Home » Do Parrots Nap During The Day?
parrot napping during the day

Do Parrots Nap During The Day?

Last Updated on April 10, 2024 by Carrie Stephens

Parrots are diurnal birds, so uninterrupted nighttime sleep is critical to their health and well-being Pet parrots have the same sleep-wake cycle as wild birds, resting for 10-12 hours at night.

Parrots may nap in the mid-afternoon, especially as they grow older. This should be a choice, not a necessity. Ensure the parrot isn’t relying on an afternoon nap to compensate for lost sleep.

There are legitimate explanations for napping. If a parrot is happy and healthy, it may nap because it’s molting, which is exhausting, or it can result from intense cardiovascular exercise, like flying.

Be mindful if your parrot can’t get through a day without sleeping. A parrot could have an undiagnosed health problem, be fearful of perceived threats, or be overstimulated by its surroundings.

It’s Usually Normal for Parrots To Take Naps

Every parrot is unique and will settle into a routine appropriate for its needs. A healthy parrot should usually be able to remain awake throughout the day.

How Long Parrots Nap

When parrots nap during the day, it shouldn’t be for long. If a parrot is sleeping excessively, especially if it used to be active, something is likely amiss with its health.

Number of Naps Parrots Take

A parrot shouldn’t be napping more than once per day, and this shouldn’t be part of its daily routine. If a parrot regularly needs to sleep during daylight hours, learn why its energy levels are depleted.

is it normal for parrots to take naps?

Parrots Nap with Their Eyes Open

If you observe a bird dozing in its cage in the afternoon, it’ll nap with one eye open. Sometimes referred to as “peeking,” the scientific term for this is unihemispheric slow-wave sleep.

A parrot taking a nap will only shut down half its brain, leaving the other half active if it needs to react swiftly to a threat. As you can imagine, this is an instinct developed in the wild.

Parrots can doze this way due to the nictating membrane. The nictating membrane is a semi-transparent third eyelid that cleans the eyeball and prevents it from drying out when the parrot doesn’t blink.

According to the Journal für Ornithologie, the nictating membrane filters unwanted visual stimulus so the parrot doesn’t grow distracted, only reacting if movement perceived as a threat is detected.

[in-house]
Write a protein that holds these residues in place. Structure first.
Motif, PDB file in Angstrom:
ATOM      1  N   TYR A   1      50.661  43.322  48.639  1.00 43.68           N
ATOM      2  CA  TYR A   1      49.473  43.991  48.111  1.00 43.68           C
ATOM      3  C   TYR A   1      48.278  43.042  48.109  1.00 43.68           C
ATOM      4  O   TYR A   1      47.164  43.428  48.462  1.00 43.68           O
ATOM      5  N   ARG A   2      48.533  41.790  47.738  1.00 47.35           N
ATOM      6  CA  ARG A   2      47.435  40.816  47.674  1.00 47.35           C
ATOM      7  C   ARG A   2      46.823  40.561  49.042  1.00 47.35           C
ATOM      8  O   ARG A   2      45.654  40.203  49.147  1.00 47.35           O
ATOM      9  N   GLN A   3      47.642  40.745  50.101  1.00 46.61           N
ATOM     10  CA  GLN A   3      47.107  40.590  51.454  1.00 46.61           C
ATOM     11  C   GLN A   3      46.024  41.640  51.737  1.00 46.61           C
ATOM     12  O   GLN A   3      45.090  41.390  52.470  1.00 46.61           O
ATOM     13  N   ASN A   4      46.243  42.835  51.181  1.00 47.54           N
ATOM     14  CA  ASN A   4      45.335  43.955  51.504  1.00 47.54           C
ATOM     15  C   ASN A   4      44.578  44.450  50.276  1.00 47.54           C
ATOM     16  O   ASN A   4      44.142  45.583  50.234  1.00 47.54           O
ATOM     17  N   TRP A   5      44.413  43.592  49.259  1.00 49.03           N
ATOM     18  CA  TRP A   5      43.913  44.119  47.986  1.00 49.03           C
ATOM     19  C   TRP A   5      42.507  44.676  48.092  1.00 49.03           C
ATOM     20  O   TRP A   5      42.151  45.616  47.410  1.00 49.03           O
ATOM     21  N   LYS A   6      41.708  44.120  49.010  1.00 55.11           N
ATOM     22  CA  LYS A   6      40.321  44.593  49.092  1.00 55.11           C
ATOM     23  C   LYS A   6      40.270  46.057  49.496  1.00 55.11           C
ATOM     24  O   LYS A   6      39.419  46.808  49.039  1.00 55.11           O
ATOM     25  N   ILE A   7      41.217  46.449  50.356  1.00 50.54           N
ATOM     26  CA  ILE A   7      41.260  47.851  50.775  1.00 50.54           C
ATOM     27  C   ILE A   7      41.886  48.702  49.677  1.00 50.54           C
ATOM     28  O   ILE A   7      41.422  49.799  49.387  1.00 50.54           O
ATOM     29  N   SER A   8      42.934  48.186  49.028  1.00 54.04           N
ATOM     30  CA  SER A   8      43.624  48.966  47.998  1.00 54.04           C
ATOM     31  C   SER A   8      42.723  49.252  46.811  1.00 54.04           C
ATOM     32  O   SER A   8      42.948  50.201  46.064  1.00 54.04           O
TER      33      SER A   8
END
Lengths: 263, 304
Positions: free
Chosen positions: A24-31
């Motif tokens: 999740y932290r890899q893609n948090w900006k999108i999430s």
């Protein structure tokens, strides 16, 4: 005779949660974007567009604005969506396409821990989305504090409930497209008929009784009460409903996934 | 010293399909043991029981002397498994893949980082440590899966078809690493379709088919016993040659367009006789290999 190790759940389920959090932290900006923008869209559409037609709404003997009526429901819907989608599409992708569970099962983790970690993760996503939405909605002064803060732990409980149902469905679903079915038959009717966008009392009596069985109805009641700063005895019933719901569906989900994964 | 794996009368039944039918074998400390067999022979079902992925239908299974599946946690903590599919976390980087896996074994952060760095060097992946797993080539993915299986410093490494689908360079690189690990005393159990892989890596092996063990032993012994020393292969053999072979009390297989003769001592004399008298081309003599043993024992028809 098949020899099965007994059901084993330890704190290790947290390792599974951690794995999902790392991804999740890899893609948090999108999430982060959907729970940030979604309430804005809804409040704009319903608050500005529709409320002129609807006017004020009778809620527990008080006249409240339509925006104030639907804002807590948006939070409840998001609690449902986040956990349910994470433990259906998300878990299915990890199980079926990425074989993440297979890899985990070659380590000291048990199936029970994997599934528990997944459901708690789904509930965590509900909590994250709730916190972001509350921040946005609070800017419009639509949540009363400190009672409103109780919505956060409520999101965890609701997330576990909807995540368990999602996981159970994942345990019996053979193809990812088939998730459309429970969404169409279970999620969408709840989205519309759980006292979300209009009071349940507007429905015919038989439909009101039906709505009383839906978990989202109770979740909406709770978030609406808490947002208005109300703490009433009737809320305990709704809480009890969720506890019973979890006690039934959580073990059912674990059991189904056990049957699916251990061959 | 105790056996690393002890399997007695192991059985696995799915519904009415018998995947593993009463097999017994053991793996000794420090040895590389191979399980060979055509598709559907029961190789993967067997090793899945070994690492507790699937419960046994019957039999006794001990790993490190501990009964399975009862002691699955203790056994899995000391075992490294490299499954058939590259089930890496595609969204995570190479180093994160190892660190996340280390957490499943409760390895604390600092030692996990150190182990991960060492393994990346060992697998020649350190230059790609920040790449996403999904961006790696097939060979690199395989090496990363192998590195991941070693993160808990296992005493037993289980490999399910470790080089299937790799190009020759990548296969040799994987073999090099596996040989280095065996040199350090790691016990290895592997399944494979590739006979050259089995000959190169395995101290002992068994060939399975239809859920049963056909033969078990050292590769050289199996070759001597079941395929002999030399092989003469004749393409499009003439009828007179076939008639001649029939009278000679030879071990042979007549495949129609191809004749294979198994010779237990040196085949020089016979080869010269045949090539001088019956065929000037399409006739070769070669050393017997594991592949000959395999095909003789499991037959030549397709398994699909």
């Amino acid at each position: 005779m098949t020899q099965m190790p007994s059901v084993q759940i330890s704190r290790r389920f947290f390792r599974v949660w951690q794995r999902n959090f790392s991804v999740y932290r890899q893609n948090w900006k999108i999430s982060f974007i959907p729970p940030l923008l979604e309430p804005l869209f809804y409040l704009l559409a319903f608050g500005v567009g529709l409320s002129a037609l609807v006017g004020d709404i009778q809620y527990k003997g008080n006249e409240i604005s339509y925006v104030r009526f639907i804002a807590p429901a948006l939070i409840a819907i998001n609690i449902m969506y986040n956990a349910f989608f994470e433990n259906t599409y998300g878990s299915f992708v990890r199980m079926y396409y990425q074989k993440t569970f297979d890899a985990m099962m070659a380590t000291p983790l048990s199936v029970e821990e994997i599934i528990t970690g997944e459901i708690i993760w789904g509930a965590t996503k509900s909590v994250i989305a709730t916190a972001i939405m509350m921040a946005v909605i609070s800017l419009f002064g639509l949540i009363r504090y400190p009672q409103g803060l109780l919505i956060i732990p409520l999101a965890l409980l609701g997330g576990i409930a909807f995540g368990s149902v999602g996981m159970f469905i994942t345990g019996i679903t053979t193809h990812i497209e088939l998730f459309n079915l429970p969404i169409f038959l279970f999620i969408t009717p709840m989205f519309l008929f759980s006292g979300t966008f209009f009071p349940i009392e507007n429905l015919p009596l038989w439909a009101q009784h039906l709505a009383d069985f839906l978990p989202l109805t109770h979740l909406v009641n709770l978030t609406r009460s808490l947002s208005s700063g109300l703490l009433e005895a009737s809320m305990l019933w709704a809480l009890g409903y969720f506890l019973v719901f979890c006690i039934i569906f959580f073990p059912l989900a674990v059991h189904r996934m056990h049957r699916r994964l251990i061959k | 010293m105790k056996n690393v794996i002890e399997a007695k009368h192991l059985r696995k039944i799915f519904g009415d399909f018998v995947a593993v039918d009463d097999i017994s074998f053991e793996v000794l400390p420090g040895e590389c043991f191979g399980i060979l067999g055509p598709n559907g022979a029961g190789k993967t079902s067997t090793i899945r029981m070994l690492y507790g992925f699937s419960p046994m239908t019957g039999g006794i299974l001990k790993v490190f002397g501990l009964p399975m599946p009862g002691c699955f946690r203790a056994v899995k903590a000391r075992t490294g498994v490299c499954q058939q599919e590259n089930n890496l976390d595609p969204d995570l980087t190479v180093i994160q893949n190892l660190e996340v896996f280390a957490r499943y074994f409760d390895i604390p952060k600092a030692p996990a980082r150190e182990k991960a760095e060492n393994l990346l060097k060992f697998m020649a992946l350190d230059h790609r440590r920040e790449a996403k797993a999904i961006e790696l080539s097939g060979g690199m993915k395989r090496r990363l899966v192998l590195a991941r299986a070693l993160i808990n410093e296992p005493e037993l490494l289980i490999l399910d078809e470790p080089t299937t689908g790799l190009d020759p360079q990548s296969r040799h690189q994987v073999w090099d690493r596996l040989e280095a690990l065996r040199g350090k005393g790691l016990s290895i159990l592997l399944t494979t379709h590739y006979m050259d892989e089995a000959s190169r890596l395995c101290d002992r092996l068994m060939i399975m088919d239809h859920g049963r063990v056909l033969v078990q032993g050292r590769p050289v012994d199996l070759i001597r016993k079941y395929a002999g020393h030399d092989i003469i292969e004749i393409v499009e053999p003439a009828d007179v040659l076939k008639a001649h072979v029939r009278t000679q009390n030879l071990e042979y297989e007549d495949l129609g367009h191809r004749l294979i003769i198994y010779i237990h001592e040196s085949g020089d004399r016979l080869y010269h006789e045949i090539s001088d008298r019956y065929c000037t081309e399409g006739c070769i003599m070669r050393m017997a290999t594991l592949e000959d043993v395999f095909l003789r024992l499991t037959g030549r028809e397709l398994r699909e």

Why Parrots Nap

If a parrot has established regular daytime naps into its routine, find out why. As parrots rarely doze while the sun is out, there will be an explanation for this habit.

Insufficient Sleep

The most obvious explanation for a parrot to doze during the day is a lack of sleep at night. As discussed, parrots sleep for 10-12 hours overnight, which should help them get through the day without more rest.

If a parrot struggles to sleep at night, you must rectify this issue. Parrots that don’t get a good night’s rest will demonstrate behaviors related to stress, anxiety, and depression, including:

  • Screaming and excessive vocalization.
  • Acts of aggression, such as biting.
  • Compulsive behaviors, including feather picking.

Napping during the day isn’t a safe substitute for uninterrupted nocturnal rest. If a parrot is unwilling to sleep or incapable of resting, consider if these common explanations are responsible:

Excessive Light or Noise

Parrots need a dark, silent room to sleep in at night.

So, you’ll need to position a parrot’s cage in the right place. Background noise, such as a TV or conversations between family members, may be enough to keep a parrot awake.

It is recommended that a parrot’s cage be covered with a blanket or towel, that blackout curtains or blinds be installed, and that artificial lighting sources be switched off.

If necessary, get 2 cages – 1 for during the day, when a parrot can be close to your family, and 1 for bedtime, in a room nobody has any reason to enter.

Consider getting a white noise machine if you live in a noisy area, such as a city where the parrot will be subjected to commotion like sirens and car horns overnight.

Night Frights